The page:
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Expert reveals surprising way actors are able to play dead so convincingly

Expert reveals surprising way actors are able to play dead so convincingly

An expert has revealed how actors are able to play dead so convincingly

It's the moment all TV fans dread, seeing their favourite character killed on-screen.

Whether you're a horror fan who's used to seeing violence on-screen, or a rom-com lover who's left in tears as one of the characters takes their final breaths, we've all been there. It's devastating.

But have you ever wondered just how Kit Harington was able to lie so still while filming Jon Snow's death scenes in Game of Thrones? Turns out the answer is surprisingly grim.

In an episode of her podcast The Rest is Entertainment, co-host Marina Hyde sought to get to the bottom of what happens behind-the-scenes when a character kicks the bucket.

Kit Harington as Jon Snow in his infamous death scene.

Responding to a curious listener's question which asked how actors stay so still while filming these scenes, Marina revealed she'd spoken with a TV and film a producer and learnt there's a lengthy audition process required to play a corpse.

"The casting of a corpse is a thing," she said, adding that auditions are held for the very reason that 'some people do freak out' when playing dead.

"Essentially there are some actors who are very very good at being still, and now they cheat the ‘not breathing’ elements," co-host Richard Osman added.

Marina went on to add that films and TV shows would previously avoiding capturing footage of the actors chest due to the complication of, you know, breathing.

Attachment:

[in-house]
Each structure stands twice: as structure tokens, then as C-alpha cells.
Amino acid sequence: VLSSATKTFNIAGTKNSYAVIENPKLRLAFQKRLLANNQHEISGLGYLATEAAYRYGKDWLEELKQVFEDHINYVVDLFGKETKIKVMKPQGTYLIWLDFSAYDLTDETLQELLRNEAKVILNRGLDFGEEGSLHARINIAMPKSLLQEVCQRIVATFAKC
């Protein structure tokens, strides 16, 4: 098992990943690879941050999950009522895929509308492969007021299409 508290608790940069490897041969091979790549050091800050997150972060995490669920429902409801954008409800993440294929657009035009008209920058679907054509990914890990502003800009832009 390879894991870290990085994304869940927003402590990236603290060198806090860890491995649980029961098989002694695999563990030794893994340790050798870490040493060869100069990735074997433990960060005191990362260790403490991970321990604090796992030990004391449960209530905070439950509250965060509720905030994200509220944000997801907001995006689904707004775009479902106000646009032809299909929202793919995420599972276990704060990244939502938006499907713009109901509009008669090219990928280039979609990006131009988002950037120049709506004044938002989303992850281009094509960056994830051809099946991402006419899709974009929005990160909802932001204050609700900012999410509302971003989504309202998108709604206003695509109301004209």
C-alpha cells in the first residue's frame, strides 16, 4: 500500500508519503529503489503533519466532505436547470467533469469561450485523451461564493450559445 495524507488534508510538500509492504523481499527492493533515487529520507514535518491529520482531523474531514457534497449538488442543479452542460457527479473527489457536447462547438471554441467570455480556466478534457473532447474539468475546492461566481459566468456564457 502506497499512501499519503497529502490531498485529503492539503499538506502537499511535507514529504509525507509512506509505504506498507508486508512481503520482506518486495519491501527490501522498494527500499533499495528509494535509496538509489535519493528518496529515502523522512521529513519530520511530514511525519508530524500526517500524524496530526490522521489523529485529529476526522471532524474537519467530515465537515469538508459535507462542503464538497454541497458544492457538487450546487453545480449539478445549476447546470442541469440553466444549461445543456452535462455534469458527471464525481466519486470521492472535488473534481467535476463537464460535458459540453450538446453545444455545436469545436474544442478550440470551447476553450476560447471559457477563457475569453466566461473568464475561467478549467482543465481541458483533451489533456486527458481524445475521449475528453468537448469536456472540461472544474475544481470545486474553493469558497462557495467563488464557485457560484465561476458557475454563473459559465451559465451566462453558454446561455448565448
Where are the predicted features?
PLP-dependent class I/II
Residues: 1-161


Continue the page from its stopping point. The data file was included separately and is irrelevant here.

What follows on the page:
Kristian Nairn as Hodor in Game of Thrones.

However, thanks to advancements in VFX, directors can now create the effect of a motionless body by filming a shot of the chest 'at rest' and then layering 'the rest of the footage.'

The technique is also used for filming scenes with an 'open-eye corpse', with the VFX removing instances of blinking during takes.

It turns out the listener isn't the only person to have wondered how actors are able to play a convincing corpse either, with a curious Redditor asking actors to recall their experiences of pretending to be dead.

"Wasn't a corpse extra but have stopped blinking, moving, and pulses on skin for 'corpses' throughout my career in VFX," one person replied, while another user added that a lot of the work is done 'in post-production'.

Corpse actors are usually brought in for death scenes. (HBO)
Corpse actors are usually brought in for death scenes. (HBO)

However the process becomes a little more complicated when the magic of VFX isn't available, with one Redditor recalling watching someone try to play dead in a theatre show.

"I remember watching a filmed version of the Romeo and Juliet ballet and at the end, Juliet's head on Romeo's chest was visually bobbing up and down by at least an inch because he was still breathing so hard," they wrote.

Maybe they should leave it to the professional corpse actors next time...

Featured Image Credit: HBO

Topics: Film, Game of Thrones, TV